Fuji didn't know then, but there was a protest posted by Raga against Fuji's score at the section nine on the Lap2. Fuji dropped two points at the section so the card was punched. But Raga claimed that Fuji's score should have been three instead of two. It was natural to puzzle Raga's camp, because there was a small confusion at the section when Fuji rode. Initially, the observer called three points for Fuji. It was a mistake, and he soon corrected it as two points penalty. The man at the exit of the section, who was in charge for the scoreboard for spectators didn't realize the correction, so he wrote '3' for Fuji.

Raga's camp calculated the point according to the scoreboard, and it didn't add up. It was a crucial one point for Raga, because if Fuji had forty five points, the top three riders would have finished in tie, and Raga would be the winner by the number of cleans. FIM officers talked with the observer to sort out the situation, and they understood the overall picture. It took a while till the official announcement was made, but finally and officially Fuji's victory in Poland was declared.

What a tough and another close battle for Fuji. But as he won the Polish round, he moved up to second in the championship. However, having Raga finished second in the round, Fuji could reduce the gap against the championship leader for three points only. Three more rounds to go before the season is up, and there are fifteen points still stand as the gap. Which means, Fuji has to reduce at least five points per round. The mission is clear for Fuji for the rest of the season, that is trying to go for victory. He still needs Raga finishing out of the podium, but there is out of Fuji's control.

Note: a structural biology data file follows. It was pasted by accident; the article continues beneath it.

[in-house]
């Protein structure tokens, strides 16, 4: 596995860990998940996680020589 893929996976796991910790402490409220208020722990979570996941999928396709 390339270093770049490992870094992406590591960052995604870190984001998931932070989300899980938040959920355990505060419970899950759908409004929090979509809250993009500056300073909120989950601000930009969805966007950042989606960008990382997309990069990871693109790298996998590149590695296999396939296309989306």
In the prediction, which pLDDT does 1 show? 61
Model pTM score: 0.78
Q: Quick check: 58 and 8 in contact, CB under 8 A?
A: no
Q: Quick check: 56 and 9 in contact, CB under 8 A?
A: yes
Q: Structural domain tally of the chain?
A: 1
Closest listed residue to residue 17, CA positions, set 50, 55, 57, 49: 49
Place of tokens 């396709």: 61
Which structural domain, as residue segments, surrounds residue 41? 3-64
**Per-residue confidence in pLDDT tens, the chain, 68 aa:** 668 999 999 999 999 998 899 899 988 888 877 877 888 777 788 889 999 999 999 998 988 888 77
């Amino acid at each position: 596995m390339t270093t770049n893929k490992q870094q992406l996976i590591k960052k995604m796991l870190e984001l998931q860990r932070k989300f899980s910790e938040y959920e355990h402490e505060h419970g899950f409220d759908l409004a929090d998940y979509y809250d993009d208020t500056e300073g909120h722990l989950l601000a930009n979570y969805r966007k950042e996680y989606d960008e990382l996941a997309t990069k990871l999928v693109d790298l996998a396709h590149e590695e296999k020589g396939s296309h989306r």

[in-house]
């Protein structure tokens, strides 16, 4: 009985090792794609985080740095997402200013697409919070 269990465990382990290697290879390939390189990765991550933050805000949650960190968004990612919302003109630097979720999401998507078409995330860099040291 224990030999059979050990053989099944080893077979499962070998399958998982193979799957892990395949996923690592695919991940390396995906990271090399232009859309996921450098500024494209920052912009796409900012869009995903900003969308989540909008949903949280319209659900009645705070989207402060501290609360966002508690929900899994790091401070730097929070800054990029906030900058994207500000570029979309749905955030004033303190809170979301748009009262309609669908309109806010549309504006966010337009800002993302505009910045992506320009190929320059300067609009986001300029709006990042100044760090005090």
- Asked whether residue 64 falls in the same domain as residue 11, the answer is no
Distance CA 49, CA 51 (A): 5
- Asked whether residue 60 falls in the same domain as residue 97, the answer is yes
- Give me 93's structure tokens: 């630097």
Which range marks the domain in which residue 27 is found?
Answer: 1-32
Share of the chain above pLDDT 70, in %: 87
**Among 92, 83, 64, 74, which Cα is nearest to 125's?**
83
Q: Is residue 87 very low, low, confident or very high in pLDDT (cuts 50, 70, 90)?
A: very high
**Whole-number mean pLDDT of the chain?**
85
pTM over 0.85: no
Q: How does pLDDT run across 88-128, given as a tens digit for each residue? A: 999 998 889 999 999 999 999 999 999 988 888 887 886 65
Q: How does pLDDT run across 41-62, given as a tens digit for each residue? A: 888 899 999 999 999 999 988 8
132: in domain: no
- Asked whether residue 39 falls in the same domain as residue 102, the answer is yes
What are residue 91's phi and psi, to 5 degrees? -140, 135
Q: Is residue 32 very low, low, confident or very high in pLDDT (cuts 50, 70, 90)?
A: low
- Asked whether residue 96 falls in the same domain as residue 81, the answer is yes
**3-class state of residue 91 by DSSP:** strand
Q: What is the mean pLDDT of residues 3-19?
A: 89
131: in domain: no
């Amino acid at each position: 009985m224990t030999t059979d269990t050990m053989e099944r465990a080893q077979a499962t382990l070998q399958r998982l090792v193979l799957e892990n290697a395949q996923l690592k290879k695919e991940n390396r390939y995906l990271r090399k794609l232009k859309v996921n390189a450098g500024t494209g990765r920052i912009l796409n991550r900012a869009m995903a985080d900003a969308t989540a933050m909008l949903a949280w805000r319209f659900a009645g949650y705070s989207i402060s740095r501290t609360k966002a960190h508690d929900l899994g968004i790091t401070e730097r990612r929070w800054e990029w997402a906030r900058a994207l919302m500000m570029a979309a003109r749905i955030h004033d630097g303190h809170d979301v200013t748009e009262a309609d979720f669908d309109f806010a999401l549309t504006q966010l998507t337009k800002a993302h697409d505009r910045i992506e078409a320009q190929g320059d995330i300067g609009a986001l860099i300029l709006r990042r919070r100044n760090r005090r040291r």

As nine rounds of the season have completed, Fuji now holds the most wins record in 2006: three for Fuji, two for Raga and Bou, and one for Cabestany and Lampkin. The round ten in the Great Britain will be held in two weeks time. But before anything, Fuji needs to have a treatment for his wrist started to hurt a lot after the event, though he believed it isn't too serious. Everything seems to be going back to normal for Fuji, and we should be able to see more of Fuji at his best in the rounds to come.

Quote from Fujigas:

Three rounds in Europe have turned out great for me. My body doesn't stiffen up because of being nervous anymore, so I am having good trial riding lately. I still go to see the doctor, but I don't feel any discomfort, so I think I can tell you that illness is not a factor anymore. We have only three rounds to go, and it is hard not to think about the points and the title. But only thing I can do is trying to do well at each round, so I will try to keep my concentration toward the competition itself. Mr. Cirera has been very supportive, and I am very happy too. After the event, people asked me how I could manage to ride again, and even taking the victory. They thought I was finished at the section. It was indeed a very bad accident, but I didn't give up in Poland. For sure I am not giving up for the title in 2006, because it is not finished yet.

World Championship 2006
Pos. rider Make L1+L2+TO Pts CL
1. Takahisa Fujinami Montesa 27+16+1 44 14
2. Adam Raga Gas Gas 31+14+0 45 16
3. Albert Cabestany Sherco 27+18+0 45 15
4. Dougie Lampkin Montesa 36+23+0 59 13
5. Marc Freixa Beta 38+28+2 68 11
6. Jeroni Fajardo Gas Gas 43+25+1 69 10
7. Toni Bou Beta 38+32+0 70 9
8. Tadeusz Blazusiak Scorpa 38+36+0 74 5
L1: Lap1 L2: Lap2 TO: Time Over Pts: Penalty Point CL:Clean
Point Standing
1. Adam Raga Gas Gas 149
2. Takahisa Fujinami Montesa 134
3. Dougie Lampkin Montesa 133
4. Albert Cabestany Sherco 125
5. Toni Bou Beta 124
6. Jeroni Fajardo Gas Gas 100

Pix: Mario Candellone Official Results PDF
In order to use a PDF file, Adobe Reader (no charge) is required.
Please click the banner.
Get Acrobat Reader